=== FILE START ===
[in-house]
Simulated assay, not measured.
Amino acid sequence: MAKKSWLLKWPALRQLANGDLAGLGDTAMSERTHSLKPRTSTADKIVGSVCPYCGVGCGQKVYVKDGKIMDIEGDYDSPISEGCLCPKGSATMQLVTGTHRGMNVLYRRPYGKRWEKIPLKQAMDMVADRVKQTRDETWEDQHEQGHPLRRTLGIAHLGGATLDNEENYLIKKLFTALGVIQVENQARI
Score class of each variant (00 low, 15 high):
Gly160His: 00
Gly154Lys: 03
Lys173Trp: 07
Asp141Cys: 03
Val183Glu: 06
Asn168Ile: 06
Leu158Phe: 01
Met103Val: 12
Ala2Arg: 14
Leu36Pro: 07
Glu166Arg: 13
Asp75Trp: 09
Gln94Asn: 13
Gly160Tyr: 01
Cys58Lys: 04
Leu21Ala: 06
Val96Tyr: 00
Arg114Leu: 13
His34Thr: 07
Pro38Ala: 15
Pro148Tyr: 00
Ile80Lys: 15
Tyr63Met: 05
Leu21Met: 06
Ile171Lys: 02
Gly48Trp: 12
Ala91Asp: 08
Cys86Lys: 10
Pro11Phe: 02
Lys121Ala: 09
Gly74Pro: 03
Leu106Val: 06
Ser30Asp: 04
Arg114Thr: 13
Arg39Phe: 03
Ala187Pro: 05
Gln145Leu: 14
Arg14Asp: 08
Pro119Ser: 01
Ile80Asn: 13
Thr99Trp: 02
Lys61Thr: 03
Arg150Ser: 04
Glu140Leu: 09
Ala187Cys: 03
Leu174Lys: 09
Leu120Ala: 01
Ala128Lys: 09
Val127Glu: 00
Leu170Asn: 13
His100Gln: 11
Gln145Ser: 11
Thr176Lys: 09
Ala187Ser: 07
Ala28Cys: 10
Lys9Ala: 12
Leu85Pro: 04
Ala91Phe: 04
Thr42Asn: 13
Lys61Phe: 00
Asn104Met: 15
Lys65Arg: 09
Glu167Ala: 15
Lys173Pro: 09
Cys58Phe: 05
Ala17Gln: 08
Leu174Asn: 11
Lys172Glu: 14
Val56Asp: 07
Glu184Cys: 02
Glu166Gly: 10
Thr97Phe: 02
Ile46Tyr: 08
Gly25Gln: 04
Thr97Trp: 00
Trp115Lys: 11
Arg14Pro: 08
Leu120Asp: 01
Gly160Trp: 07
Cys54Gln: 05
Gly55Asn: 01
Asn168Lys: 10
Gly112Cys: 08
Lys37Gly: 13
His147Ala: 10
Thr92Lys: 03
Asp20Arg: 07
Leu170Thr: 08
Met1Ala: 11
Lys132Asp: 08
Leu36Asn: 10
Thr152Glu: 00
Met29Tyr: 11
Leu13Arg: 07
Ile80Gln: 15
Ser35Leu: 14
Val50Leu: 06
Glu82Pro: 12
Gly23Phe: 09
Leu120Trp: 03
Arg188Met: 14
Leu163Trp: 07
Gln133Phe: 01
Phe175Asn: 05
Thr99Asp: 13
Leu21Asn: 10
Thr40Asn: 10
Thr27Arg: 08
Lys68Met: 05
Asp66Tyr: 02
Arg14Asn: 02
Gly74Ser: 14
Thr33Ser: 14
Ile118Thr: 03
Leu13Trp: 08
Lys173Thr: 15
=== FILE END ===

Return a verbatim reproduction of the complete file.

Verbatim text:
[in-house]
Simulated assay, not measured.
Amino acid sequence: MAKKSWLLKWPALRQLANGDLAGLGDTAMSERTHSLKPRTSTADKIVGSVCPYCGVGCGQKVYVKDGKIMDIEGDYDSPISEGCLCPKGSATMQLVTGTHRGMNVLYRRPYGKRWEKIPLKQAMDMVADRVKQTRDETWEDQHEQGHPLRRTLGIAHLGGATLDNEENYLIKKLFTALGVIQVENQARI
Score class of each variant (00 low, 15 high):
Gly160His: 00
Gly154Lys: 03
Lys173Trp: 07
Asp141Cys: 03
Val183Glu: 06
Asn168Ile: 06
Leu158Phe: 01
Met103Val: 12
Ala2Arg: 14
Leu36Pro: 07
Glu166Arg: 13
Asp75Trp: 09
Gln94Asn: 13
Gly160Tyr: 01
Cys58Lys: 04
Leu21Ala: 06
Val96Tyr: 00
Arg114Leu: 13
His34Thr: 07
Pro38Ala: 15
Pro148Tyr: 00
Ile80Lys: 15
Tyr63Met: 05
Leu21Met: 06
Ile171Lys: 02
Gly48Trp: 12
Ala91Asp: 08
Cys86Lys: 10
Pro11Phe: 02
Lys121Ala: 09
Gly74Pro: 03
Leu106Val: 06
Ser30Asp: 04
Arg114Thr: 13
Arg39Phe: 03
Ala187Pro: 05
Gln145Leu: 14
Arg14Asp: 08
Pro119Ser: 01
Ile80Asn: 13
Thr99Trp: 02
Lys61Thr: 03
Arg150Ser: 04
Glu140Leu: 09
Ala187Cys: 03
Leu174Lys: 09
Leu120Ala: 01
Ala128Lys: 09
Val127Glu: 00
Leu170Asn: 13
His100Gln: 11
Gln145Ser: 11
Thr176Lys: 09
Ala187Ser: 07
Ala28Cys: 10
Lys9Ala: 12
Leu85Pro: 04
Ala91Phe: 04
Thr42Asn: 13
Lys61Phe: 00
Asn104Met: 15
Lys65Arg: 09
Glu167Ala: 15
Lys173Pro: 09
Cys58Phe: 05
Ala17Gln: 08
Leu174Asn: 11
Lys172Glu: 14
Val56Asp: 07
Glu184Cys: 02
Glu166Gly: 10
Thr97Phe: 02
Ile46Tyr: 08
Gly25Gln: 04
Thr97Trp: 00
Trp115Lys: 11
Arg14Pro: 08
Leu120Asp: 01
Gly160Trp: 07
Cys54Gln: 05
Gly55Asn: 01
Asn168Lys: 10
Gly112Cys: 08
Lys37Gly: 13
His147Ala: 10
Thr92Lys: 03
Asp20Arg: 07
Leu170Thr: 08
Met1Ala: 11
Lys132Asp: 08
Leu36Asn: 10
Thr152Glu: 00
Met29Tyr: 11
Leu13Arg: 07
Ile80Gln: 15
Ser35Leu: 14
Val50Leu: 06
Glu82Pro: 12
Gly23Phe: 09
Leu120Trp: 03
Arg188Met: 14
Leu163Trp: 07
Gln133Phe: 01
Phe175Asn: 05
Thr99Asp: 13
Leu21Asn: 10
Thr40Asn: 10
Thr27Arg: 08
Lys68Met: 05
Asp66Tyr: 02
Arg14Asn: 02
Gly74Ser: 14
Thr33Ser: 14
Ile118Thr: 03
Leu13Trp: 08
Lys173Thr: 15